May 1, 2005
Security Concerns Force a Review of Plans for Ground Zero
ecurity concerns outlined last month by the New York Police Department have set off a serious reassessment of plans for the World Trade Center site. People involved in the rebuilding effort say that the revisions that need to be made to the site's most prominent feature, the Freedom Tower, could delay the start of construction from several months to a year.
As a result, the lead developer at the site, Larry Silverstein, has proposed seeking public financing - possibly hundreds of millions of dollars - to pay for addressing the Police Department's security concerns. Such a development would be a significant shift for a project that has relied largely on private insurance money.
In addition, the Police Department's most recent security analysis has moved those involved in the rebuilding effort to examine yet again what might be done to safeguard the site and the people visiting it, if plans go forward to reopen the area's street grid.
The Port Authority of New York and New Jersey, which owns the site, and the Lower Manhattan Development Corporation, the agency set up to direct the rebuilding, had each hired security consultants to assess the safety of the plans for the site. But it is clear that the Police Department's assessment was more disturbing.
Indeed, interviews in the past week show that David Childs, the lead designer of the 1,776-foot Freedom Tower, has already begun rethinking fundamental elements of what is planned to be the successor to the twin towers: its precise location on the 16-acre site - long planned for the northwest corner - and its distance from heavily traveled West Street.
The redesigned tower is expected to look different from the current model familiar to the public, but it is too early to characterize the extent of the changes, according to a person who has been briefed on the development team's concerns.
It is clear, however, that three and a half years after the 9/11 attack, and 16 months after the tower's design was unveiled, police officials, unintentionally or not, have set off a storm of blame and accusations.
George E. Pataki, who views the Freedom Tower as his greatest legacy as governor, is said by state officials to be angry with the police, and some of those officials have accused the department of having been late in laying out the scope of its concerns. They say the effect could unduly worry New Yorkers and possible tenants of the buildings. Mr. Pataki did not reply to an interview request.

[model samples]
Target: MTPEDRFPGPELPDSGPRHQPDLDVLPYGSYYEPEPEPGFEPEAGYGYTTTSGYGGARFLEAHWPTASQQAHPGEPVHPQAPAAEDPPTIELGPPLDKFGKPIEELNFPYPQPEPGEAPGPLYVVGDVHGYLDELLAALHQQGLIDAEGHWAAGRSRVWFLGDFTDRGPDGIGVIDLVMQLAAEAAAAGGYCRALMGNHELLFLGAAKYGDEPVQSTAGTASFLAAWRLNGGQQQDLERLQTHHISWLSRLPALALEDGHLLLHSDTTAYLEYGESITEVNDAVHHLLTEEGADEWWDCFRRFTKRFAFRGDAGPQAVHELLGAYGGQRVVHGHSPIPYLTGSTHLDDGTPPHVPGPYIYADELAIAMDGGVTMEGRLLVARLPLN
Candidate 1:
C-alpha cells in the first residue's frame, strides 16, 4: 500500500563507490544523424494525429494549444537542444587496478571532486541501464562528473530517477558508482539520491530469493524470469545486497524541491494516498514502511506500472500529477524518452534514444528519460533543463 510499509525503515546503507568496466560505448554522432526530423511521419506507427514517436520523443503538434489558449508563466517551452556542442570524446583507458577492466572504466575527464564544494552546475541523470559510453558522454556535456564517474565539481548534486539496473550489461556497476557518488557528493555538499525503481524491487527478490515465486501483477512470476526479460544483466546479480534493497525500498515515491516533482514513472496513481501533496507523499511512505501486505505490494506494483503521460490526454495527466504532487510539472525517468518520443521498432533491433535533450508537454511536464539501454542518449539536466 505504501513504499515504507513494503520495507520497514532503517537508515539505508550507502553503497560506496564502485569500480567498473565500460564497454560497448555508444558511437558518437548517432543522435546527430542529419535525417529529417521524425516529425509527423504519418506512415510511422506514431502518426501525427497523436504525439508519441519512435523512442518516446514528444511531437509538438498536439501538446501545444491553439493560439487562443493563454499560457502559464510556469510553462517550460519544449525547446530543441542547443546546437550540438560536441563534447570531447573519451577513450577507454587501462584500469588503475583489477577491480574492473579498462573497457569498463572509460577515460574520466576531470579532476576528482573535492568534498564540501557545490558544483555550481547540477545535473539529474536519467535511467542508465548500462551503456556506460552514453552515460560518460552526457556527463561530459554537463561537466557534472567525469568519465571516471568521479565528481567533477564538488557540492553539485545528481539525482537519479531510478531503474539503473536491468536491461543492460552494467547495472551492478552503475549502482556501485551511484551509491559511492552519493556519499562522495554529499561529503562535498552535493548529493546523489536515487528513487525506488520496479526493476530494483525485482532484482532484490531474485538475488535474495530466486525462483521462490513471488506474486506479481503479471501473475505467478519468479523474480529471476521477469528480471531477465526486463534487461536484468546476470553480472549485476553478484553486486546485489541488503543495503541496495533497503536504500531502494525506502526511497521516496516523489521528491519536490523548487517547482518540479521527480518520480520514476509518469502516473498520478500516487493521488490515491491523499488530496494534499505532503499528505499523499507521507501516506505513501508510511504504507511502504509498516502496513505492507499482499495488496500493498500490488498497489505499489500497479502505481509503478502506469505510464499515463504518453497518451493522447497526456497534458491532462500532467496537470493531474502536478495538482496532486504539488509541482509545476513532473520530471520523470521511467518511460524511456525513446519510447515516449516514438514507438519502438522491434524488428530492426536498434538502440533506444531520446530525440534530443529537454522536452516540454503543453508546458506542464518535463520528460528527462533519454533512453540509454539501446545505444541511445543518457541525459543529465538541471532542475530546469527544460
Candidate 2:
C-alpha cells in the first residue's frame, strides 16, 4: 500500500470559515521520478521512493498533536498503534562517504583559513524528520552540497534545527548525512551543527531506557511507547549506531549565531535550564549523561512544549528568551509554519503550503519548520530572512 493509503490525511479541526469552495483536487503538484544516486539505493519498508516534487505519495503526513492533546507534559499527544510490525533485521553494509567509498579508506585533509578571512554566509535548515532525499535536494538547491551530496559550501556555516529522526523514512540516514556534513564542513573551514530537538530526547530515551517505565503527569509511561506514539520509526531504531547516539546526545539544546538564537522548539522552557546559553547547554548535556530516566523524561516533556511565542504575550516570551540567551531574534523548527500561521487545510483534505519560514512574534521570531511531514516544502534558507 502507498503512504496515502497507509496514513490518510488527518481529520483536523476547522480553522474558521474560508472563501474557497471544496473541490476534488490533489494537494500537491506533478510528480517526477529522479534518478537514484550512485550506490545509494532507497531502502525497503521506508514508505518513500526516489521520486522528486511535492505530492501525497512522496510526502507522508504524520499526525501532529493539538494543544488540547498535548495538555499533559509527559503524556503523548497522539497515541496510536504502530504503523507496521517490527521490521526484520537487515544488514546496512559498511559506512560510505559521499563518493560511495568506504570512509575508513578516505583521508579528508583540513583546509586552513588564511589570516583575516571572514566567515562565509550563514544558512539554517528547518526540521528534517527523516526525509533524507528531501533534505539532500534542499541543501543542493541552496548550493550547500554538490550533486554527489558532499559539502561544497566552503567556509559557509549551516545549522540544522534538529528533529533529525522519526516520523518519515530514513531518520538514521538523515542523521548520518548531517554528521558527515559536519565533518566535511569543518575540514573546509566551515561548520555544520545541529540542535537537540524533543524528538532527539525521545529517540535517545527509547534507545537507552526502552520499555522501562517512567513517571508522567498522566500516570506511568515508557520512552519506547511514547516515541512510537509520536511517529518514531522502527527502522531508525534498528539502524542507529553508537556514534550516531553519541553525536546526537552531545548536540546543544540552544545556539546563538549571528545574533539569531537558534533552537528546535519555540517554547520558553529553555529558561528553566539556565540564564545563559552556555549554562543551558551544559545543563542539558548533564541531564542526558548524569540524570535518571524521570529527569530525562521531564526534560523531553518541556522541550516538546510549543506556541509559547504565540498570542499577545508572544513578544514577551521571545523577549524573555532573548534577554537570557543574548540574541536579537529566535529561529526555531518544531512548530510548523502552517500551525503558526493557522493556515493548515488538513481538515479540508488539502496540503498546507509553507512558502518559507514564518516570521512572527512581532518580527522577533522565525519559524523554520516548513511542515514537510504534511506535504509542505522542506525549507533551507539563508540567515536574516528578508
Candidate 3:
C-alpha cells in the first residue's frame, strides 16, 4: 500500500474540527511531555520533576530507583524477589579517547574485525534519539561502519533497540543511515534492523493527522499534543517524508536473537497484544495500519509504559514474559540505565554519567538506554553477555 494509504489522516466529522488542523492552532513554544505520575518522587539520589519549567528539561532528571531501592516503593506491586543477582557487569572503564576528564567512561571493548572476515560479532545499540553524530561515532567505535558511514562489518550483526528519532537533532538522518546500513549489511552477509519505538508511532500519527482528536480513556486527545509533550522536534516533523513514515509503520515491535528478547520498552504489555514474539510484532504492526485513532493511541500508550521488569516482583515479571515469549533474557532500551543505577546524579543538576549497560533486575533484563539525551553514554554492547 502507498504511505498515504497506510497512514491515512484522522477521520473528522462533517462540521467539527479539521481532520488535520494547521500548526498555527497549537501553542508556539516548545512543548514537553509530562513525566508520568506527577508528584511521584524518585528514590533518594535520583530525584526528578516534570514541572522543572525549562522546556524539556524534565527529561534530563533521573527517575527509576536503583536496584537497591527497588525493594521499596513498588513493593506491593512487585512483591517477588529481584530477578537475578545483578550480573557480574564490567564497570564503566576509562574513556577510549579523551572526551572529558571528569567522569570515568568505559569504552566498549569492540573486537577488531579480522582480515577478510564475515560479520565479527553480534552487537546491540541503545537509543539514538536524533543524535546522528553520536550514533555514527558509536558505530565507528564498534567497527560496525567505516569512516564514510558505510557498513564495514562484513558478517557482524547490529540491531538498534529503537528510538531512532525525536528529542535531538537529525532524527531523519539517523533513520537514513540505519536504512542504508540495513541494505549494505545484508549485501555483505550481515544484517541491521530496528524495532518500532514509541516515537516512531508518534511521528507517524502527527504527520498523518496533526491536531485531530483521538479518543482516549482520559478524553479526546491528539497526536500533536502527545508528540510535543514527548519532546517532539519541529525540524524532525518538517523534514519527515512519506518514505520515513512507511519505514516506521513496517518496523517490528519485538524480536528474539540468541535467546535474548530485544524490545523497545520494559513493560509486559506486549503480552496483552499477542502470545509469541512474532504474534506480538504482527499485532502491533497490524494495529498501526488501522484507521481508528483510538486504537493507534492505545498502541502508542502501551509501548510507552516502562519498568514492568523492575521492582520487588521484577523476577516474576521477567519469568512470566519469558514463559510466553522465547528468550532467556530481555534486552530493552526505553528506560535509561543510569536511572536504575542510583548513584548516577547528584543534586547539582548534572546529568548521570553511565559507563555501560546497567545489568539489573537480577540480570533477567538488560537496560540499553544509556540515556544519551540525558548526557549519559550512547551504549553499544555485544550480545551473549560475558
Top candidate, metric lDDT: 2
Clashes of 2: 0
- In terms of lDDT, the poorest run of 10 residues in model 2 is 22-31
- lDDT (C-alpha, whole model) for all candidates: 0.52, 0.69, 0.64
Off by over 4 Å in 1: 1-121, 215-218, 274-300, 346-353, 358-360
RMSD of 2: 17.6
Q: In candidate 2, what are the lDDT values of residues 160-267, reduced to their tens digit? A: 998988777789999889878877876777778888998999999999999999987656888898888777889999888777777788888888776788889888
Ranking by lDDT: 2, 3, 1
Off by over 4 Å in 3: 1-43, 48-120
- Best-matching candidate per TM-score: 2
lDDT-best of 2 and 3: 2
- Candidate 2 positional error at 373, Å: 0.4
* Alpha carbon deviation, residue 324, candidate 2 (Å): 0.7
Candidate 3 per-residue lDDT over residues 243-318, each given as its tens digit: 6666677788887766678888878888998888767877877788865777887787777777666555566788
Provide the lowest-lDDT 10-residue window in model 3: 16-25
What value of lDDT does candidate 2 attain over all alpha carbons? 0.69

At the same time, some state and development officials are angry at the Bloomberg administration, saying it should have delivered the police concerns earlier, but may have been distracted by its proposal for a stadium for the Jets on the Far West Side of Manhattan.
Daniel L. Doctoroff, the deputy mayor for economic development and rebuilding, dismissed that assertion as silly and said that the city and the police had devoted enormous time to assessing the site's security with the latest intelligence and counterterrorism data.
"This is a remarkably complex security question, and every time you turn one dial, you end up turning many other dials on the security issue," Mr. Doctoroff said.
Mr. Pataki said last November that major work on the foundation for the Freedom Tower would begin in February this year, with steel and concrete to arrive last month. Neither has happened; the tower was to be completed by 2009.
Police Commissioner Raymond W. Kelly would not be interviewed about the department's security assessment, a multipage document that was given to Mr. Silverstein and the development agency on April 8. Other officials involved in the security discussions said that the department had raised concerns since at least last summer, but that the other camps involved in planning had not provided detailed information on which to make an assessment.
Paul J. Browne, the department's deputy commissioner for public information, said, "We understand that the Police Department's security concerns will be addressed in any redesign."
According to state officials who have reviewed the department's concerns, the police, most simply, do not see the tower as a normal commercial building; from the police's point of view, the officials say, the tower would replace the trade center, felled by terrorists, with a patriotic symbol that could be a new target. Heightening the concern is the fact that hundreds of uninspected 18-wheel trucks would rumble by the tower daily.
That the police concerns are only now front and center, though, has exasperated senior development officials, many of whom fear that the mere public discussion of security worries could damage what they regard as a hard-won optimism about the site's future.
"I don't want to say the police have been irresponsible, but where were they until this month?" said John C. Whitehead, a Pataki ally and chairman of the Lower Manhattan Development Corporation. "I wish they had called attention to the seriousness of the problems earlier, rather than at this late stage."
All of the principals involved at ground zero, from the politicians to the builders, remain keenly determined to make the Freedom Tower as secure as possible. But the degree of concern about the site's vulnerability clearly varies, and almost everyone involved in the rebuilding effort wonders if there ever could be a perfect formula for balancing security needs with civic ambitions at a site that has been attacked twice.